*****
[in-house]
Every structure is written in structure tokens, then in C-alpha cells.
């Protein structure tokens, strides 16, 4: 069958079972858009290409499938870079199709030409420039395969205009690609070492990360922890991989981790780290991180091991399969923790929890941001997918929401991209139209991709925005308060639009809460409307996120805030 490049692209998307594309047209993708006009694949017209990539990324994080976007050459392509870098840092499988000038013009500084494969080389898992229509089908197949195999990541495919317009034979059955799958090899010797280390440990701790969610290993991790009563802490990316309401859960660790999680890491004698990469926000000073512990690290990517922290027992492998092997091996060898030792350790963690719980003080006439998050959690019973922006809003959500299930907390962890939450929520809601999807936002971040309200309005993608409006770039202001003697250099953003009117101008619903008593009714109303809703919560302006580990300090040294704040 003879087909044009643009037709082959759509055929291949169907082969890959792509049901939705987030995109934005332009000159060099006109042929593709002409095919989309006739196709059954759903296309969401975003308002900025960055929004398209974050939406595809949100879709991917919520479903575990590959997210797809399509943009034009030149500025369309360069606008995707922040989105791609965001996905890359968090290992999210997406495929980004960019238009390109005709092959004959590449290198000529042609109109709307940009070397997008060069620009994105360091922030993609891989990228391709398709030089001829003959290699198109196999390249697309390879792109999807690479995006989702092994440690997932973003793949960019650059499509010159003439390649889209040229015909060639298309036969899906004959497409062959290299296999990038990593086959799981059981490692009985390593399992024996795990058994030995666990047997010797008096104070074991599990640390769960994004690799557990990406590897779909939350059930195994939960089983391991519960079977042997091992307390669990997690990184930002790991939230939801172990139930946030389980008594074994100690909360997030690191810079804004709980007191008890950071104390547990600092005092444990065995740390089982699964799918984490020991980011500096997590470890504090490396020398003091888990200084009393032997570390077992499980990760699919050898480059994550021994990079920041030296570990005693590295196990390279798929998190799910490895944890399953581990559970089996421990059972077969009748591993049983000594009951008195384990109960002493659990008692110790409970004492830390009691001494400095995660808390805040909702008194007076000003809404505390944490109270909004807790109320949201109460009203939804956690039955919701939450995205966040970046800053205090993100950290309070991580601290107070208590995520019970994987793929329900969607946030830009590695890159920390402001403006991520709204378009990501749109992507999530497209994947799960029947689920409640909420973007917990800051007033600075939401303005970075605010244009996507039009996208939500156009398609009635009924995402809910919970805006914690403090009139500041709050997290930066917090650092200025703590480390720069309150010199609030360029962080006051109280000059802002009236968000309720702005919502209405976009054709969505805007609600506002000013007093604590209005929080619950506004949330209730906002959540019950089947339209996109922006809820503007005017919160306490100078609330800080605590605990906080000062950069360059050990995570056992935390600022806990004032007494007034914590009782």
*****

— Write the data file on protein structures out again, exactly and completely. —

[in-house]
Every structure is written in structure tokens, then in C-alpha cells.
């Protein structure tokens, strides 16, 4: 069958079972858009290409499938870079199709030409420039395969205009690609070492990360922890991989981790780290991180091991399969923790929890941001997918929401991209139209991709925005308060639009809460409307996120805030 490049692209998307594309047209993708006009694949017209990539990324994080976007050459392509870098840092499988000038013009500084494969080389898992229509089908197949195999990541495919317009034979059955799958090899010797280390440990701790969610290993991790009563802490990316309401859960660790999680890491004698990469926000000073512990690290990517922290027992492998092997091996060898030792350790963690719980003080006439998050959690019973922006809003959500299930907390962890939450929520809601999807936002971040309200309005993608409006770039202001003697250099953003009117101008619903008593009714109303809703919560302006580990300090040294704040 003879087909044009643009037709082959759509055929291949169907082969890959792509049901939705987030995109934005332009000159060099006109042929593709002409095919989309006739196709059954759903296309969401975003308002900025960055929004398209974050939406595809949100879709991917919520479903575990590959997210797809399509943009034009030149500025369309360069606008995707922040989105791609965001996905890359968090290992999210997406495929980004960019238009390109005709092959004959590449290198000529042609109109709307940009070397997008060069620009994105360091922030993609891989990228391709398709030089001829003959290699198109196999390249697309390879792109999807690479995006989702092994440690997932973003793949960019650059499509010159003439390649889209040229015909060639298309036969899906004959497409062959290299296999990038990593086959799981059981490692009985390593399992024996795990058994030995666990047997010797008096104070074991599990640390769960994004690799557990990406590897779909939350059930195994939960089983391991519960079977042997091992307390669990997690990184930002790991939230939801172990139930946030389980008594074994100690909360997030690191810079804004709980007191008890950071104390547990600092005092444990065995740390089982699964799918984490020991980011500096997590470890504090490396020398003091888990200084009393032997570390077992499980990760699919050898480059994550021994990079920041030296570990005693590295196990390279798929998190799910490895944890399953581990559970089996421990059972077969009748591993049983000594009951008195384990109960002493659990008692110790409970004492830390009691001494400095995660808390805040909702008194007076000003809404505390944490109270909004807790109320949201109460009203939804956690039955919701939450995205966040970046800053205090993100950290309070991580601290107070208590995520019970994987793929329900969607946030830009590695890159920390402001403006991520709204378009990501749109992507999530497209994947799960029947689920409640909420973007917990800051007033600075939401303005970075605010244009996507039009996208939500156009398609009635009924995402809910919970805006914690403090009139500041709050997290930066917090650092200025703590480390720069309150010199609030360029962080006051109280000059802002009236968000309720702005919502209405976009054709969505805007609600506002000013007093604590209005929080619950506004949330209730906002959540019950089947339209996109922006809820503007005017919160306490100078609330800080605590605990906080000062950069360059050990995570056992935390600022806990004032007494007034914590009782």